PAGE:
Gerald Almy: Winter rabbit hunting tactics

Gerald Almy

With deer seasons closed, many Shenandoah Valley hunters oil their guns and store them away for the year. But that’s a big mistake. There are several game animals you can still hunt, including grouse, squirrels and a species we’ll look at today, the cottontail rabbit. Rabbits remain open for hunting through February.

A pack of beagles isn’t required to enjoy cottontail hunting success. But you do need to understand the feeding, resting and travel patterns this winter quarry exhibits to get the most out of rabbit hunting. It’s also important to know the most reliable tactics for jumping them and getting good chances for a shot.

Here are some insights that should help up your odds for cottontail success this winter.

Hunt early and hunt late: Many years ago rabbits moved often during daylight hours. As clean farming, planting fescue, and removing brushy edge cover degraded their habitat, they increasingly began moving more at night and at dusk and dawn. The hunter who gets out at daybreak or hunts the two hours before sunset will jump the most game.

Hunt sunny slopes on bitter cold days: While rabbits move mostly early and late, one exception is on sunny days following a cold front. They’ll often move at midday then on sun-drenched south and southwestern slopes of hills — a lot like whitetails.

Hunt the right vegetation: Rabbits can use dozens of types of vegetation. Some of the most reliable types to focus on include patches of greenbrier, raspberry, blackberry, honeysuckle, multiflora rose, sumac, olive and plum. Edges of cultivated fields with corn, soybeans, alfalfa, clover, wheat, oats and rye are also worth checking out if there is sufficient escape cover nearby.

Hunt the thickest cover: Since the reason rabbits have become nocturnal is because of lack of cover, it seems logical that the best spots to find them are areas with thick cover. Search out brushy draws and hollows, overgrown hedgerows, corners of fields with tall grasses and weeds. Railroad rights of way, clear-cuts, and fallow fields are all worth trying. Many of these spots offer tender forbs, fruits and other food sources besides the cover they provide.

Don’t ignore abandoned human property: Old dilapidated barns, farm machinery overgrown with weeds, broken-down sheds — all tend to get overgrown with brush and attract rabbits at times. Poke around them and you may get a shot at a cottontail or two that comes scampering out.

Focus on small habitats: Concentrate on small farms and overlooked tiny public hunting parcels. These places tend to get overlooked by other hunters and the small farms have more cover than the larger ones that use modern edge-to-edge farming practices. Look for those with brushy field corners, overgrown hedgerows and scattered fallow fields.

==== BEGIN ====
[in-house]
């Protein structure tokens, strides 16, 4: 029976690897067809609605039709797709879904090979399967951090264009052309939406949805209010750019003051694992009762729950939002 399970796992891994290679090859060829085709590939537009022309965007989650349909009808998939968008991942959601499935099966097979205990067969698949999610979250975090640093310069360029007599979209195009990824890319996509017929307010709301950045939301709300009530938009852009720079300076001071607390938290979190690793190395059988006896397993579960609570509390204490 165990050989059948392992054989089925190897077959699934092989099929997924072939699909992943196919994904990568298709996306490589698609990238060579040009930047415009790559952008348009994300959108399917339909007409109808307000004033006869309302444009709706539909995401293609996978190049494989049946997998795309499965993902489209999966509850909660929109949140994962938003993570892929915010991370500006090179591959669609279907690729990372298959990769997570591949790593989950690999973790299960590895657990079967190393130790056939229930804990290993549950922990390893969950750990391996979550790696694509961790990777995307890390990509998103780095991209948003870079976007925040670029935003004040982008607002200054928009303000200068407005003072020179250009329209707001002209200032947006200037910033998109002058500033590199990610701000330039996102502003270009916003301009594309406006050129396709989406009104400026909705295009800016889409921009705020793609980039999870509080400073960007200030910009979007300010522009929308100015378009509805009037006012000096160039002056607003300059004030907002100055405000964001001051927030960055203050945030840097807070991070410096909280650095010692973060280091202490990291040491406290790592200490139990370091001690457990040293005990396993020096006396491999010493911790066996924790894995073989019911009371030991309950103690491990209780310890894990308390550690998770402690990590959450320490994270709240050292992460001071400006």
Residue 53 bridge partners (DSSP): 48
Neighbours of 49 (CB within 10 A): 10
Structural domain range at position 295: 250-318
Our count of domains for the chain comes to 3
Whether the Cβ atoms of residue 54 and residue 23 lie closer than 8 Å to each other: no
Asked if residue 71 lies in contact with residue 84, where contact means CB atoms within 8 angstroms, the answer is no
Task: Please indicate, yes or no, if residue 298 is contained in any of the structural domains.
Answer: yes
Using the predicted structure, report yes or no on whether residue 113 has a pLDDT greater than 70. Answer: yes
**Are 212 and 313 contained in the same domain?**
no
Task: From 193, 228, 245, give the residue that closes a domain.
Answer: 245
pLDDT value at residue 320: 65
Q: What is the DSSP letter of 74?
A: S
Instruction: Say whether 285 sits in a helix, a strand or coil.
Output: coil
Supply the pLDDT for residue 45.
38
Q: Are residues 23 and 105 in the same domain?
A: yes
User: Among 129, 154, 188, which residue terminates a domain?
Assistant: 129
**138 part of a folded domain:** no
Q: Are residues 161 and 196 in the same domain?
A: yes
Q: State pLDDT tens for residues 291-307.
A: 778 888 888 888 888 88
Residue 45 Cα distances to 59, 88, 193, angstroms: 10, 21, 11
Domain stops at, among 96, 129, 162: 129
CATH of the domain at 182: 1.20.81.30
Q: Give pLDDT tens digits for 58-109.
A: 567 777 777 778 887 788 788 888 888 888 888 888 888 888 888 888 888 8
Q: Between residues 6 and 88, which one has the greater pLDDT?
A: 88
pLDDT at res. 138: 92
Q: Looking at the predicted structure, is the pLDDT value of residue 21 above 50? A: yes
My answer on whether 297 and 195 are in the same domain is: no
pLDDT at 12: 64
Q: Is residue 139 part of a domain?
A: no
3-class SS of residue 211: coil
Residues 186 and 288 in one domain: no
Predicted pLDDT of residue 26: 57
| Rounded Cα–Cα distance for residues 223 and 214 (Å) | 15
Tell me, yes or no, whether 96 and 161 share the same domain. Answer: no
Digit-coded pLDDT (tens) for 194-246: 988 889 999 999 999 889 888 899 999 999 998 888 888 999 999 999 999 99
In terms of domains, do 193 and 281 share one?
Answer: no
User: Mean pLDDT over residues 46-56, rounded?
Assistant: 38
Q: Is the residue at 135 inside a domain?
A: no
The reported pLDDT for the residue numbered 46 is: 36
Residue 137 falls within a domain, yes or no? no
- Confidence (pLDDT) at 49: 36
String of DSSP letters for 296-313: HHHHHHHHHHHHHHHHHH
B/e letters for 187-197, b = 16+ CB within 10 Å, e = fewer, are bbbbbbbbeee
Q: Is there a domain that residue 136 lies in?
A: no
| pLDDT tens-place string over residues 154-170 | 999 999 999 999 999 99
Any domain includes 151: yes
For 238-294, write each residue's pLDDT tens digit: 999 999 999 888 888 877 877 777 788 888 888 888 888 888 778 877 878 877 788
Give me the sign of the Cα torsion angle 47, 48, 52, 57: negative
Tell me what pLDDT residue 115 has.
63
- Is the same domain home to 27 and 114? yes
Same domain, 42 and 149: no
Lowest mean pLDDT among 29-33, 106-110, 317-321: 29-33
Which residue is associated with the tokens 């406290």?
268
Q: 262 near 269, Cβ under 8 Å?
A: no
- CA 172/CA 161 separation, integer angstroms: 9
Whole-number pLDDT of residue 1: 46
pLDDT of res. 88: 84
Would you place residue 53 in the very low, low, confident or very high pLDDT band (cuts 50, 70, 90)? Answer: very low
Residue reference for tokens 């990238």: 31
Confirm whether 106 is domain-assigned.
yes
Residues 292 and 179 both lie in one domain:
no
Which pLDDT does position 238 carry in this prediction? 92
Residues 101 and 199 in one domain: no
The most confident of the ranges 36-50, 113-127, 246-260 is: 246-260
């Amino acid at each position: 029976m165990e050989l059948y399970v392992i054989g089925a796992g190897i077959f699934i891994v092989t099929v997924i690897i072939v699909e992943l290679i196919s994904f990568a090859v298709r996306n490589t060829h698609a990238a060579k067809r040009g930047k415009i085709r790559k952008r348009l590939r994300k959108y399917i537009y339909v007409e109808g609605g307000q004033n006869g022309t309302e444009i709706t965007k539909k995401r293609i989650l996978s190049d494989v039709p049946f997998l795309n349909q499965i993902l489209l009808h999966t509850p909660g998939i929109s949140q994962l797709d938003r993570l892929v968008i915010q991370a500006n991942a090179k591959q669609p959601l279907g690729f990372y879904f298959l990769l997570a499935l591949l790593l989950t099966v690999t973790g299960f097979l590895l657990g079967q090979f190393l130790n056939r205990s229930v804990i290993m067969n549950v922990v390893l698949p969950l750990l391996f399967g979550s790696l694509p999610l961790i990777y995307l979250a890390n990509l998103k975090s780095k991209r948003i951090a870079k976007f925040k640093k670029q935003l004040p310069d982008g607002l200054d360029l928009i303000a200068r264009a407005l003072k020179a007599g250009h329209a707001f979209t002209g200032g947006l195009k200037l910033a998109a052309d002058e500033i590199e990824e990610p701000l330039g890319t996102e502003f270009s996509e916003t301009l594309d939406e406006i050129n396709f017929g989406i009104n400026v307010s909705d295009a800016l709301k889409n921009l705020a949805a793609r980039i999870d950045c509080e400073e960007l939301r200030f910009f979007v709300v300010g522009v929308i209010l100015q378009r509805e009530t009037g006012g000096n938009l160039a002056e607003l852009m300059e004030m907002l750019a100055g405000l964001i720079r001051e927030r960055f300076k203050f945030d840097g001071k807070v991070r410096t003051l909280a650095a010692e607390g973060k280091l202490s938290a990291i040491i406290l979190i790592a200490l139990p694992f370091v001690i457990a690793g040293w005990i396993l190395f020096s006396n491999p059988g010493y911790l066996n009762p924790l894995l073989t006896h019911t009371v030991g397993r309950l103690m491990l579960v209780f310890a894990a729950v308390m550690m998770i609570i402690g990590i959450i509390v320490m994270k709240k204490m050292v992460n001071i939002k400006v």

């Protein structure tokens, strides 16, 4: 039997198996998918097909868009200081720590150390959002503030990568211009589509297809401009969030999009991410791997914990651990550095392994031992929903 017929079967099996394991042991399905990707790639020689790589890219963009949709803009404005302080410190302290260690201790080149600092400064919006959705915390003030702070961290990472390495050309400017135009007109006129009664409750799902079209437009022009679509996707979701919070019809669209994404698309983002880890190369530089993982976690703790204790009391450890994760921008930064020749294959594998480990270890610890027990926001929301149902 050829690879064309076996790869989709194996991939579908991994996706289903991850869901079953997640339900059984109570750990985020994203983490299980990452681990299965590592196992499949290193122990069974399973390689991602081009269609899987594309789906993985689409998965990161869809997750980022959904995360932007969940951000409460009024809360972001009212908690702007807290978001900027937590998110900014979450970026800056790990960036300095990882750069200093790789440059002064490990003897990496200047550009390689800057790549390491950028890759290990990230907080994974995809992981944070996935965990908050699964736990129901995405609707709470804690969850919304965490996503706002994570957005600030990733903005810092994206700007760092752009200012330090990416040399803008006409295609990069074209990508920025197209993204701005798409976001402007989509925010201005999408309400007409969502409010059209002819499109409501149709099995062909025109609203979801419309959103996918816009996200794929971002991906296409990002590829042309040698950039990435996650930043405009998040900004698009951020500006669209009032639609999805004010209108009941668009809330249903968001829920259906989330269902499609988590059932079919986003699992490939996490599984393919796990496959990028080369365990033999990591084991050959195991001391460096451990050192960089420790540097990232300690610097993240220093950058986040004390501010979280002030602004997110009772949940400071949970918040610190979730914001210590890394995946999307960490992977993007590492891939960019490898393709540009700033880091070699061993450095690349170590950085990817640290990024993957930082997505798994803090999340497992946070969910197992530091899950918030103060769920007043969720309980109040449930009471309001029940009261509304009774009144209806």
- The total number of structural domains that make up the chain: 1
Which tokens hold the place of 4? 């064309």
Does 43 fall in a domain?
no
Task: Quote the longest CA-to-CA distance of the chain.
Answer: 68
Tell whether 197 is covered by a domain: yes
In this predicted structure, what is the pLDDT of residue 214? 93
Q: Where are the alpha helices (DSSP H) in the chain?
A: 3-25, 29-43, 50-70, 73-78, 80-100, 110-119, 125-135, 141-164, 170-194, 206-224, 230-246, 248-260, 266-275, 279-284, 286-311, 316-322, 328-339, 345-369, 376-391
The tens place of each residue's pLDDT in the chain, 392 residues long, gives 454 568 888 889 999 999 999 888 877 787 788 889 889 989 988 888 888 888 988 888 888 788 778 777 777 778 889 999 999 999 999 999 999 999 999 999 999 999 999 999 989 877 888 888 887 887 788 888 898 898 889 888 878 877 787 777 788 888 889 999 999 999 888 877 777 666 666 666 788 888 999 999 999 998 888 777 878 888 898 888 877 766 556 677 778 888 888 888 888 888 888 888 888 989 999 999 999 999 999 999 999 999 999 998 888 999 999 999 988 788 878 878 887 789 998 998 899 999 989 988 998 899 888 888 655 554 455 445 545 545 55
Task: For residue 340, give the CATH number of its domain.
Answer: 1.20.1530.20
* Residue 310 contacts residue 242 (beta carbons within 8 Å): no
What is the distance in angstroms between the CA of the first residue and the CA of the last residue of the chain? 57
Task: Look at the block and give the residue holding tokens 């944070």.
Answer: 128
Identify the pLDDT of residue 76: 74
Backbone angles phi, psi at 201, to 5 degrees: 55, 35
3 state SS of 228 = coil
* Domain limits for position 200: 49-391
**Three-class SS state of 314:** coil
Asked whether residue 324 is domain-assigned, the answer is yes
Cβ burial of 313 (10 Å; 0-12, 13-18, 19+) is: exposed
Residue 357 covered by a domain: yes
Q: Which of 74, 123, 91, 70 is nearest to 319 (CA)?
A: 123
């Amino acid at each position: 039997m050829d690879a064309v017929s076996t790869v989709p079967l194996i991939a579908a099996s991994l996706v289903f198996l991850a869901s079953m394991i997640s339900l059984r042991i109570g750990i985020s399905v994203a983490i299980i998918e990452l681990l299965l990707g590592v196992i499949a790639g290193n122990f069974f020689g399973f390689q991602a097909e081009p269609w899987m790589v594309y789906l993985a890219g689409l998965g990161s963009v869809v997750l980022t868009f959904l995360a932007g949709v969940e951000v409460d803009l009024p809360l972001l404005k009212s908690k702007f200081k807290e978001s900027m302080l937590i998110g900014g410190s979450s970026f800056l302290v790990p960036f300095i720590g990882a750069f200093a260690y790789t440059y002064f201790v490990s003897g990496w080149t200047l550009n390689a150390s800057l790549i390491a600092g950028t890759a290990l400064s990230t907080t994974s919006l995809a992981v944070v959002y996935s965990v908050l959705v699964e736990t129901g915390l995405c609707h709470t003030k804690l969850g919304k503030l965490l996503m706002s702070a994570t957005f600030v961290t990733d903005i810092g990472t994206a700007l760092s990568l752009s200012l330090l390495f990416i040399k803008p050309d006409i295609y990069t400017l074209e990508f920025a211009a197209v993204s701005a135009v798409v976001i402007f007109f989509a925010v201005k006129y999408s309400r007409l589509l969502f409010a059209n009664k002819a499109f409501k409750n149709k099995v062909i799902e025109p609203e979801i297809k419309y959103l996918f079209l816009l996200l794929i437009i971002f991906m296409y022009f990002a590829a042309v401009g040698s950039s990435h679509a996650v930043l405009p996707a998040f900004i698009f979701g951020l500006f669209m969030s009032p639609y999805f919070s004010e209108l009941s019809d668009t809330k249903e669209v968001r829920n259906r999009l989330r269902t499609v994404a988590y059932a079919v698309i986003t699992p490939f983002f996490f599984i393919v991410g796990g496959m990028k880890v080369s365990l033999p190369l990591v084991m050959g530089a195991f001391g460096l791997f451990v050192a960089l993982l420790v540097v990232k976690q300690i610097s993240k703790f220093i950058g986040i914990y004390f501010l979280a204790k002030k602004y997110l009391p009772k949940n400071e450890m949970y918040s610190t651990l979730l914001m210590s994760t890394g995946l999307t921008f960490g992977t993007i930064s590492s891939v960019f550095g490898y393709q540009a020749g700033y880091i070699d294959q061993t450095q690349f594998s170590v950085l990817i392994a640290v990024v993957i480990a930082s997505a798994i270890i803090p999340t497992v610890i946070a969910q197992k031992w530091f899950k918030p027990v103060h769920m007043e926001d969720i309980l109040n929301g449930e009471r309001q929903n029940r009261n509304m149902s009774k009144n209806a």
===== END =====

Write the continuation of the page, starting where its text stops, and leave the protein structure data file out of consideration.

Be on the lookout for sign: Keep an eye peeled for rabbit droppings — round small pellets left in piles of a dozen or more. Also watch for cottontail runways — small trails they clear in their home areas for quick escape routes.

Walk in an unpredictable pattern: Whether you’re hunting alone or with one or two friends, the best approach for bagging rabbits is to work in a zig-zag or weaving pattern through the cover, rather than walking a straight line. This erratic movement tends to alarm the quarry.

Hunt into the wind: When possible, this approach pushes your noise and scent away from the quarry and allows you to approach closer before it flushes.

Try stopping suddenly: This is a trick I use on grouse, woodcock and pheasants, too. As you move through the cover and approach a good-looking area, stop suddenly and stand still for up to half a minute or more. Often this flushes rabbits that become unnerved by the silence and think they’ve been spotted and must flee to escape. If you’re hunting with a friend, mix up the pauses sometimes and other times both stop at once.

Shoot fast: Carry your gun at port arms when in good cover to be ready for snap shots. Rabbits aren’t going to lollygag around when they bust out of a briar patch. Point at the rabbit quickly, lower your cheek to the gun, track the fleeing cottontail with the barrel, and pull the trigger just as it moves ahead of the quarry.

Use the right choke and shot size: Typically hunters use too tight of a choke for rabbits. An open barrel is best for shots of 10-25 yards. Improved cylinder works out to about 35 or 40 yards. There’s little use for modified or full chokes, because you’ll rarely see a rabbit farther out in the thick cover they inhabit. Size 4, 5 or 6 shot all work well on cottontails.

Award-winning outdoors writer Gerald Almy is a Maurertown resident.